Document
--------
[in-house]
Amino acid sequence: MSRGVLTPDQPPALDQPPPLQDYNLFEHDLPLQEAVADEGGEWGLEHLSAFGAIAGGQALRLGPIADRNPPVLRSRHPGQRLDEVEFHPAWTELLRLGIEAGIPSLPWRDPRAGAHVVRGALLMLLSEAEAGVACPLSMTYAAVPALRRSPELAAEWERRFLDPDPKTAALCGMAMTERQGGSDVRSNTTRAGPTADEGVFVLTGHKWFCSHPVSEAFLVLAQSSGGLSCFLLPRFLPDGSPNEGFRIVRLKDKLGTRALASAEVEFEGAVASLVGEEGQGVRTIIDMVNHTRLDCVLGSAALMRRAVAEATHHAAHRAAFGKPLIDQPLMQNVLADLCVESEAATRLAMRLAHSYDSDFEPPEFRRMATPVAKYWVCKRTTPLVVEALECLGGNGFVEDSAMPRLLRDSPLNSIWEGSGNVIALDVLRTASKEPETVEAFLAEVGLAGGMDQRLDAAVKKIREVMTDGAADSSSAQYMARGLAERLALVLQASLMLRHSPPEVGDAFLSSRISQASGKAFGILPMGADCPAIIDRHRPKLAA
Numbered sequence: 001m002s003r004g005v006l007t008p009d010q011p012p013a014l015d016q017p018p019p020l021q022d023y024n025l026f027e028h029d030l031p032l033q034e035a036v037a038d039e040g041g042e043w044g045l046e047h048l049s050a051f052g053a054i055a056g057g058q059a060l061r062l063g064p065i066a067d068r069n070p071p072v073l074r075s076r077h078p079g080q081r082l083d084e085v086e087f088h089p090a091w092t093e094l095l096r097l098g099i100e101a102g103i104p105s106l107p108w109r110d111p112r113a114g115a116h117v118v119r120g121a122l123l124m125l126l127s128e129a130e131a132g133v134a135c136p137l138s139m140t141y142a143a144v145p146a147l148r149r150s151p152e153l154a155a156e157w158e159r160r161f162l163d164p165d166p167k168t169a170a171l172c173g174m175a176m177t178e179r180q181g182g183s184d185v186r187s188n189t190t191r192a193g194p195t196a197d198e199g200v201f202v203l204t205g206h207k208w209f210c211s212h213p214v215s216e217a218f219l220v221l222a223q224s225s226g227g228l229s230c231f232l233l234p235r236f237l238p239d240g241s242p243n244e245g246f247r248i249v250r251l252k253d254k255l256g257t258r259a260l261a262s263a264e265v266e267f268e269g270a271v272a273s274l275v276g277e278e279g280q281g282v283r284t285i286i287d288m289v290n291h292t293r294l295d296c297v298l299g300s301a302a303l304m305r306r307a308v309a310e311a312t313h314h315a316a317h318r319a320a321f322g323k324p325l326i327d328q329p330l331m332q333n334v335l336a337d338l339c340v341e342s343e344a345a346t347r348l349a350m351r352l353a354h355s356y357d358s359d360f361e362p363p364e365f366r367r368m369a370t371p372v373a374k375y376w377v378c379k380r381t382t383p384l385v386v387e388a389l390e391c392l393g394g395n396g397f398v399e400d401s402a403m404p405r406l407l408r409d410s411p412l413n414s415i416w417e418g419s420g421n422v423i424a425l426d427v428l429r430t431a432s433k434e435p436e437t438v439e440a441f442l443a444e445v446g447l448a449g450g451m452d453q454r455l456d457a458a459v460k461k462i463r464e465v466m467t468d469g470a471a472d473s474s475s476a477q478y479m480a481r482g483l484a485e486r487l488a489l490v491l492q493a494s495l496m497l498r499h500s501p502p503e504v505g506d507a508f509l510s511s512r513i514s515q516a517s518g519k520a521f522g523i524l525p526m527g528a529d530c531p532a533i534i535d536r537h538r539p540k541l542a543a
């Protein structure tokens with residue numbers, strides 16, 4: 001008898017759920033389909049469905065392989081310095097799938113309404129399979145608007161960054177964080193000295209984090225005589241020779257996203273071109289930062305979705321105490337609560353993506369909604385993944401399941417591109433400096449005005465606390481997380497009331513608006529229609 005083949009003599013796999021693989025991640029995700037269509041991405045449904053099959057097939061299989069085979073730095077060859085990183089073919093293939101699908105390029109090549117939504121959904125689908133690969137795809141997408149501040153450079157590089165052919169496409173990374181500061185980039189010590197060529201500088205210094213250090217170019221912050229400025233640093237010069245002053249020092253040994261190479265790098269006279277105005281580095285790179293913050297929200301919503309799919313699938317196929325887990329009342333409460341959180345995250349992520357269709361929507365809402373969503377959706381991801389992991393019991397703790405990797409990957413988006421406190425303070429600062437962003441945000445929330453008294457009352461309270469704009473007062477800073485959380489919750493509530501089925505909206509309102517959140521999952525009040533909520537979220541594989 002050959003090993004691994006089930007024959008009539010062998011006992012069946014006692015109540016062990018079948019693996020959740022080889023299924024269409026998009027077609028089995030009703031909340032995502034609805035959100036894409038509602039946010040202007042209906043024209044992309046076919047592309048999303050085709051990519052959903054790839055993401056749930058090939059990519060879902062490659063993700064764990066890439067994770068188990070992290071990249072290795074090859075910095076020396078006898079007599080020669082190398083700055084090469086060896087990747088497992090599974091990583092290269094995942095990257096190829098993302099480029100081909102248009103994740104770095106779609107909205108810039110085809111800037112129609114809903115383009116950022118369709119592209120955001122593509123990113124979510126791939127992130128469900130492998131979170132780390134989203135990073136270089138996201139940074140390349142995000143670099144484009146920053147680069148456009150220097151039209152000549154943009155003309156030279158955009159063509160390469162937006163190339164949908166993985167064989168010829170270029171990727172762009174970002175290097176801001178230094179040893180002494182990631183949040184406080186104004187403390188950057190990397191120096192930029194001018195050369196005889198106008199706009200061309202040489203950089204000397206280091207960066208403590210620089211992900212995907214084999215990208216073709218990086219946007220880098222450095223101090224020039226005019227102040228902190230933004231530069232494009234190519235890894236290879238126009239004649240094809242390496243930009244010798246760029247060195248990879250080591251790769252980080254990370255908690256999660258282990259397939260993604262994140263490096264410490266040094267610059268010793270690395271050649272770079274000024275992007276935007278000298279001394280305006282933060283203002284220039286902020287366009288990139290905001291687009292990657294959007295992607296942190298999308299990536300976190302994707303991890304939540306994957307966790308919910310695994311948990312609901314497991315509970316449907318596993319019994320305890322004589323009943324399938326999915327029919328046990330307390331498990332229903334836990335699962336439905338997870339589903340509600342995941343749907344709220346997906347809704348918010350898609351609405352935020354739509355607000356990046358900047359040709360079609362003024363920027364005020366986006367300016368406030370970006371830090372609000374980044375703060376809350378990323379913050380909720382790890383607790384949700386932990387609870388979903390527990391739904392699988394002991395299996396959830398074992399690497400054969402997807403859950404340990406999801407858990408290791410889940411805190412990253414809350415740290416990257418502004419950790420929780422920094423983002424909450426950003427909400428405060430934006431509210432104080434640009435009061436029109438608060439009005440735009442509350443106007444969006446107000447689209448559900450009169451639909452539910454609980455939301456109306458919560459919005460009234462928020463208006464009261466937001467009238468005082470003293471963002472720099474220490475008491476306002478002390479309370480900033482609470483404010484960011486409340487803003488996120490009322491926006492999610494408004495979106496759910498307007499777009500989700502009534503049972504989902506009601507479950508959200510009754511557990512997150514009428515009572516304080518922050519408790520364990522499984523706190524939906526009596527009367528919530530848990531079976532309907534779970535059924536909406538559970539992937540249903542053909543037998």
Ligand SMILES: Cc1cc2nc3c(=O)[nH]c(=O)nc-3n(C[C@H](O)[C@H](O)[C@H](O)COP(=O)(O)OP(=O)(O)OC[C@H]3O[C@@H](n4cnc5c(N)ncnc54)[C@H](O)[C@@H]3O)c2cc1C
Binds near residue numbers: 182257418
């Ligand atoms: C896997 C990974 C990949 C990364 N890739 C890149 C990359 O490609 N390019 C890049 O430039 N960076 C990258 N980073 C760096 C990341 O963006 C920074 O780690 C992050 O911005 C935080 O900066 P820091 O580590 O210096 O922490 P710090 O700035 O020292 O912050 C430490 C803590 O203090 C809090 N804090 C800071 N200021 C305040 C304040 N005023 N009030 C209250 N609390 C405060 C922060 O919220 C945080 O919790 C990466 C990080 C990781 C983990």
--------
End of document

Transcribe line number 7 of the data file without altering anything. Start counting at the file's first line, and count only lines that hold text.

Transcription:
């Ligand atoms: C896997 C990974 C990949 C990364 N890739 C890149 C990359 O490609 N390019 C890049 O430039 N960076 C990258 N980073 C760096 C990341 O963006 C920074 O780690 C992050 O911005 C935080 O900066 P820091 O580590 O210096 O922490 P710090 O700035 O020292 O912050 C430490 C803590 O203090 C809090 N804090 C800071 N200021 C305040 C304040 N005023 N009030 C209250 N609390 C405060 C922060 O919220 C945080 O919790 C990466 C990080 C990781 C983990």